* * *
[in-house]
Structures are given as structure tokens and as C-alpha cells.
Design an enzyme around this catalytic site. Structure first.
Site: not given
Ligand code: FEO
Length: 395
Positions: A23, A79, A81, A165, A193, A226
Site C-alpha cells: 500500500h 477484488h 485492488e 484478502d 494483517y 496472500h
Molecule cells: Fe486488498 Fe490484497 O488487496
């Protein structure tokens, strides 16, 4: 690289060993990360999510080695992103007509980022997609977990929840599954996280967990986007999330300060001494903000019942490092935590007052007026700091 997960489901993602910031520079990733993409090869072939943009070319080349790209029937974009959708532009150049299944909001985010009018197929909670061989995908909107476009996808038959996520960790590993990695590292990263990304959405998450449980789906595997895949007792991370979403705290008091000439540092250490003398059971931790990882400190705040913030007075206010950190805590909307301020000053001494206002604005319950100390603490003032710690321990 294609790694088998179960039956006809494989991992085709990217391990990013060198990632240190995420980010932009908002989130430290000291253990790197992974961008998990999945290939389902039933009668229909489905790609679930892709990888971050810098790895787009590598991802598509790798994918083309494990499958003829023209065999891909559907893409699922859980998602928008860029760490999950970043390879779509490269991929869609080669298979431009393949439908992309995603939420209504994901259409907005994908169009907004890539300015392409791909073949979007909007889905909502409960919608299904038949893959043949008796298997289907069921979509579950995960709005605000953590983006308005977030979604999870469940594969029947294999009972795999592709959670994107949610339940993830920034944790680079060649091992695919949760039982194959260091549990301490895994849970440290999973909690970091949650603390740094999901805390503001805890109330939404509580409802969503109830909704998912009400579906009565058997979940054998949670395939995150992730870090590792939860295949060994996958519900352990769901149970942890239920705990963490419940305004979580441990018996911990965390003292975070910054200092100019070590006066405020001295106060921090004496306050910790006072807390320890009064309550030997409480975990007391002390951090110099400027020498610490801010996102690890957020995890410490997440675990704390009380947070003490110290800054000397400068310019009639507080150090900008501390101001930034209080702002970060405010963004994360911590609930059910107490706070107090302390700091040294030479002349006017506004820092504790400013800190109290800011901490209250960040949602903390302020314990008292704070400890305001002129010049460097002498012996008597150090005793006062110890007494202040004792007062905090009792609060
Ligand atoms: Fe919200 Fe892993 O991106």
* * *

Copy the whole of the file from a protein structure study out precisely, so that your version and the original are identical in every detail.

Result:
[in-house]
Structures are given as structure tokens and as C-alpha cells.
Design an enzyme around this catalytic site. Structure first.
Site: not given
Ligand code: FEO
Length: 395
Positions: A23, A79, A81, A165, A193, A226
Site C-alpha cells: 500500500h 477484488h 485492488e 484478502d 494483517y 496472500h
Molecule cells: Fe486488498 Fe490484497 O488487496
């Protein structure tokens, strides 16, 4: 690289060993990360999510080695992103007509980022997609977990929840599954996280967990986007999330300060001494903000019942490092935590007052007026700091 997960489901993602910031520079990733993409090869072939943009070319080349790209029937974009959708532009150049299944909001985010009018197929909670061989995908909107476009996808038959996520960790590993990695590292990263990304959405998450449980789906595997895949007792991370979403705290008091000439540092250490003398059971931790990882400190705040913030007075206010950190805590909307301020000053001494206002604005319950100390603490003032710690321990 294609790694088998179960039956006809494989991992085709990217391990990013060198990632240190995420980010932009908002989130430290000291253990790197992974961008998990999945290939389902039933009668229909489905790609679930892709990888971050810098790895787009590598991802598509790798994918083309494990499958003829023209065999891909559907893409699922859980998602928008860029760490999950970043390879779509490269991929869609080669298979431009393949439908992309995603939420209504994901259409907005994908169009907004890539300015392409791909073949979007909007889905909502409960919608299904038949893959043949008796298997289907069921979509579950995960709005605000953590983006308005977030979604999870469940594969029947294999009972795999592709959670994107949610339940993830920034944790680079060649091992695919949760039982194959260091549990301490895994849970440290999973909690970091949650603390740094999901805390503001805890109330939404509580409802969503109830909704998912009400579906009565058997979940054998949670395939995150992730870090590792939860295949060994996958519900352990769901149970942890239920705990963490419940305004979580441990018996911990965390003292975070910054200092100019070590006066405020001295106060921090004496306050910790006072807390320890009064309550030997409480975990007391002390951090110099400027020498610490801010996102690890957020995890410490997440675990704390009380947070003490110290800054000397400068310019009639507080150090900008501390101001930034209080702002970060405010963004994360911590609930059910107490706070107090302390700091040294030479002349006017506004820092504790400013800190109290800011901490209250960040949602903390302020314990008292704070400890305001002129010049460097002498012996008597150090005793006062110890007494202040004792007062905090009792609060
Ligand atoms: Fe919200 Fe892993 O991106």